Thursday, May 30, 2013

Claim of third-party beneficiary status: two types under Texas law


A third party may recover on a contract made between other parties only if the parties intended to secure some benefit to that third party, and only if the contracting parties entered into the contract directly for the third party's benefit. Stine v. Stewart, 80 S.W.3d 586, 589 (Tex. 2002). The mere fact that a person might receive an incidental benefit from a contract does not give that person a right of action to enforce the contract. Id. In determining whether a third party can enforce a contract, the intention of the contracting parties is controlling. S. Tex. Water Auth. v. Lomas, 223 S.W.3d 304, 306 (Tex.2007). The intention to confer a direct benefit to a third party must be clearly and fully spelled out, or enforcement by the third party must be denied. Id. Courts may not create third-party beneficiary contracts by implication. Stine, 80 S.W.3d at 589. There is a presumption in Texas against third-party beneficiary agreements. Tawes v. Barnes, 340 S.W.3d 419, 425 (Tex.2011).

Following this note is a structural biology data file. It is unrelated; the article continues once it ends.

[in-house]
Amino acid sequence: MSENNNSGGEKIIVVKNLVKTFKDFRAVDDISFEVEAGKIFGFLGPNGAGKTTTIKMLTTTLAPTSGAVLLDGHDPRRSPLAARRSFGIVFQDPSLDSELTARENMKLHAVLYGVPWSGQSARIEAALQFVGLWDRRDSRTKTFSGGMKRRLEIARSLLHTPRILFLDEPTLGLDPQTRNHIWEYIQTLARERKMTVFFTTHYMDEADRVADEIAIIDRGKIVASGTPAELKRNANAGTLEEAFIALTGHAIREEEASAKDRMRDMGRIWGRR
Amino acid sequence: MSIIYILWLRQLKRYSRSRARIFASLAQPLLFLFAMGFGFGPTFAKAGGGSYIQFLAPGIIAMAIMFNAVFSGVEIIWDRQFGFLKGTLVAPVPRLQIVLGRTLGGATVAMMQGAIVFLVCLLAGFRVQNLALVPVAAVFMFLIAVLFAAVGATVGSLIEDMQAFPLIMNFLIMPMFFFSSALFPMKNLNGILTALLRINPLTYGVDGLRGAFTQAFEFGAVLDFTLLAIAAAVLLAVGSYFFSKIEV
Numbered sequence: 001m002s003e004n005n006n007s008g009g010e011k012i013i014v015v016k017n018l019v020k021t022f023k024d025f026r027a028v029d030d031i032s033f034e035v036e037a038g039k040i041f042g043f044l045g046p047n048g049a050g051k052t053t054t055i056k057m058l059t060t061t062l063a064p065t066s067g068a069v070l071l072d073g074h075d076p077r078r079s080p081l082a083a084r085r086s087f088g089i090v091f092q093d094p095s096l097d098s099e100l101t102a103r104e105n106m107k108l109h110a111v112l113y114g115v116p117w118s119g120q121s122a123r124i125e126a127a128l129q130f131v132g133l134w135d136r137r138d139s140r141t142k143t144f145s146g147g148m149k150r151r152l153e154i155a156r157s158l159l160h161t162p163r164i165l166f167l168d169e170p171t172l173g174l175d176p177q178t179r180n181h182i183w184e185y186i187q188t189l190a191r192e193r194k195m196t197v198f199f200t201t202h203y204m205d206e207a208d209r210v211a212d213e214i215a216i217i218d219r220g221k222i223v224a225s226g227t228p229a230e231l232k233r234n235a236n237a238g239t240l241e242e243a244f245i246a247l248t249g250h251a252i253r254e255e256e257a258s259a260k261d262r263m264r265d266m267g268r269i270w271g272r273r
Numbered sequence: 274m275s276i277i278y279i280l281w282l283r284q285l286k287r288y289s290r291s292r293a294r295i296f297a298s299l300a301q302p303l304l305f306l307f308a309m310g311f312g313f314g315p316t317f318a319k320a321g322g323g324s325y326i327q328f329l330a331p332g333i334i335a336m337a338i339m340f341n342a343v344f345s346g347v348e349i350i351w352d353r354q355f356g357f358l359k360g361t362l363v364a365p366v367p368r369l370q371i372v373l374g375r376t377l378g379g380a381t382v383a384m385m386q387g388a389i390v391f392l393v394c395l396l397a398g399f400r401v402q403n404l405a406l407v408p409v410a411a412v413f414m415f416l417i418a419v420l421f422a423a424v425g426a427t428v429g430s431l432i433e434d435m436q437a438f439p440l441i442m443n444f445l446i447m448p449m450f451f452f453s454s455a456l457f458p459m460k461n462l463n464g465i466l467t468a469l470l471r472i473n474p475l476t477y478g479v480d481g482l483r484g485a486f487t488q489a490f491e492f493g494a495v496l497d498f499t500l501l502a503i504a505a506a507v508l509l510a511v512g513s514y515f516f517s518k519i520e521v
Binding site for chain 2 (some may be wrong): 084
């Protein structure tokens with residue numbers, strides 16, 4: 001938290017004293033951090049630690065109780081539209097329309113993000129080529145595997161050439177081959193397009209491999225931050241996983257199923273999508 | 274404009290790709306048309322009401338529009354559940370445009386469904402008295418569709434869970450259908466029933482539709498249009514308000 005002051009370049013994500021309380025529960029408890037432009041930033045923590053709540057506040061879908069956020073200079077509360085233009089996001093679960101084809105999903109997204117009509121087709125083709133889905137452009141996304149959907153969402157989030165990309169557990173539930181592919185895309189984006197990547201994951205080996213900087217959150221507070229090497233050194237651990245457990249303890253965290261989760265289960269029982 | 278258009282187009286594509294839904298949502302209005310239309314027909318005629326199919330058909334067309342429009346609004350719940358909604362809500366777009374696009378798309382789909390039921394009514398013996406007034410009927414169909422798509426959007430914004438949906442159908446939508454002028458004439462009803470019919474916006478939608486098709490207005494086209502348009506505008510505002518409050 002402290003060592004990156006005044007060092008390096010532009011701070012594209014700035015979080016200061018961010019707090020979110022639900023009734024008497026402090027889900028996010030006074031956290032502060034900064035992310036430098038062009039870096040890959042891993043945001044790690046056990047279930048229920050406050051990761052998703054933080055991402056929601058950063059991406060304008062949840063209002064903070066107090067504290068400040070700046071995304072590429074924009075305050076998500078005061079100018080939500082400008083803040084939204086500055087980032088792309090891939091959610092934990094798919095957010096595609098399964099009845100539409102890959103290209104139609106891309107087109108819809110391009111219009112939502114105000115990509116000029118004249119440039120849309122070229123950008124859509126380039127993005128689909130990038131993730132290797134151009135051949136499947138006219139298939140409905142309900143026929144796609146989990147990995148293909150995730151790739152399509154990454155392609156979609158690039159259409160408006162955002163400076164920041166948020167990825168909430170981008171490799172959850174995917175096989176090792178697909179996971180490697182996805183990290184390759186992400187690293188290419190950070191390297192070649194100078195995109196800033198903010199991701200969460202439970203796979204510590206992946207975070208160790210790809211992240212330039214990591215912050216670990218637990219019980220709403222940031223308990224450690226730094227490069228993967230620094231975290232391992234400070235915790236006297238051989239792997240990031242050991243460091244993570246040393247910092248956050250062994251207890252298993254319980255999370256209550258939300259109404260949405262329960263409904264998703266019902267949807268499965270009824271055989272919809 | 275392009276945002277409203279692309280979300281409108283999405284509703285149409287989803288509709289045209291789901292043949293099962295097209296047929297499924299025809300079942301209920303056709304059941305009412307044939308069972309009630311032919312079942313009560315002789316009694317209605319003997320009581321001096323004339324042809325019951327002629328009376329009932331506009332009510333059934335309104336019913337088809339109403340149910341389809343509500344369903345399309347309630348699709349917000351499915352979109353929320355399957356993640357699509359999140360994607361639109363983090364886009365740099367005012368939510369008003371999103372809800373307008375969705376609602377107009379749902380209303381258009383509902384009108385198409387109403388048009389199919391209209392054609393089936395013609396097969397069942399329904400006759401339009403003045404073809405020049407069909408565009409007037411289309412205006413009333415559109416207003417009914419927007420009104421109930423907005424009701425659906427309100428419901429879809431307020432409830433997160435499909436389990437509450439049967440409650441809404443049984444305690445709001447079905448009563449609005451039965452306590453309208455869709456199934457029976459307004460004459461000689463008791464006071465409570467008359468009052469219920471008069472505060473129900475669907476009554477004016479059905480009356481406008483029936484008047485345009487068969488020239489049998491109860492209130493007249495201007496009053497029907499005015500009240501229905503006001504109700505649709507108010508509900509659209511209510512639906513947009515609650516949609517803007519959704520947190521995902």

Texas recognizes two forms of third-party beneficiary: creditor and donee.

A party is a creditor beneficiary if no intent to make a gift appears from the contract (which would make the party a donee beneficiary), but performance will satisfy an actual or asserted duty of the promisee to the beneficiary. Lomas, 223 S.W.3d at 306; Esquivel v. Murray Guard, Inc., 992 S.W.2d 536, 543 (Tex.App.-Houston [14th Dist.] 1999, pet. denied).[4] This duty may be an indebtedness, contractual obligation, or other legally enforceable commitment to the third party. Esquivel, 992 S.W.2d at 544. The promisee must intend that the beneficiary will have the right to enforce the contract. Id.

SOURCE: HOUSTON COURT OF APPEALS - Nos. 14-10-00821-CV, 14-10-00856-CV, 14-10-01145-CV – 5/17/12 375 - Garcia v. Bank of America Corporation, 375 S.W.3d 322 (2012)

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